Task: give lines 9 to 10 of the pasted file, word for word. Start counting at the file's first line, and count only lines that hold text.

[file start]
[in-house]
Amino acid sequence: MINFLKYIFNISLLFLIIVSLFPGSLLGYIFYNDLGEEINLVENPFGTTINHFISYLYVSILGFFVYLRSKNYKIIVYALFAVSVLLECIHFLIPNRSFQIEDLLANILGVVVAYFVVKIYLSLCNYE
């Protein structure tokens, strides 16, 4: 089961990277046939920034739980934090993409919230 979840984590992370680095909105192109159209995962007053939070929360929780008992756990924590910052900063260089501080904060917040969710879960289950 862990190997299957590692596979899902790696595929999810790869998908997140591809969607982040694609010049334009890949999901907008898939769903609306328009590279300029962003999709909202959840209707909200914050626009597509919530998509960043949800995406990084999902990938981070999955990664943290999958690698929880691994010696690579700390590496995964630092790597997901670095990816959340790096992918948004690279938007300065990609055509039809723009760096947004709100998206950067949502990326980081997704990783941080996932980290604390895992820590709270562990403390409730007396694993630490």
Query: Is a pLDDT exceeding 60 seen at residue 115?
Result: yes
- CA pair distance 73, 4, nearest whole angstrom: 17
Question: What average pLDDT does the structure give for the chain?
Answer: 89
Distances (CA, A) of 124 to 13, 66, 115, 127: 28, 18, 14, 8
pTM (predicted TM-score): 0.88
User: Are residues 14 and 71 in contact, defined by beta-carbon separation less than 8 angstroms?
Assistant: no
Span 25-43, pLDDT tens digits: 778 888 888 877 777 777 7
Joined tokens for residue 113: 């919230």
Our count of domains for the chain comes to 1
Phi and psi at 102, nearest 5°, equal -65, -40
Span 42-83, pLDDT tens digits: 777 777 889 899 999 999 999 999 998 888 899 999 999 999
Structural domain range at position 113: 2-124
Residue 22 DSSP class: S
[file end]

Distances (CA, A) of 124 to 13, 66, 115, 127: 28, 18, 14, 8
pTM (predicted TM-score): 0.88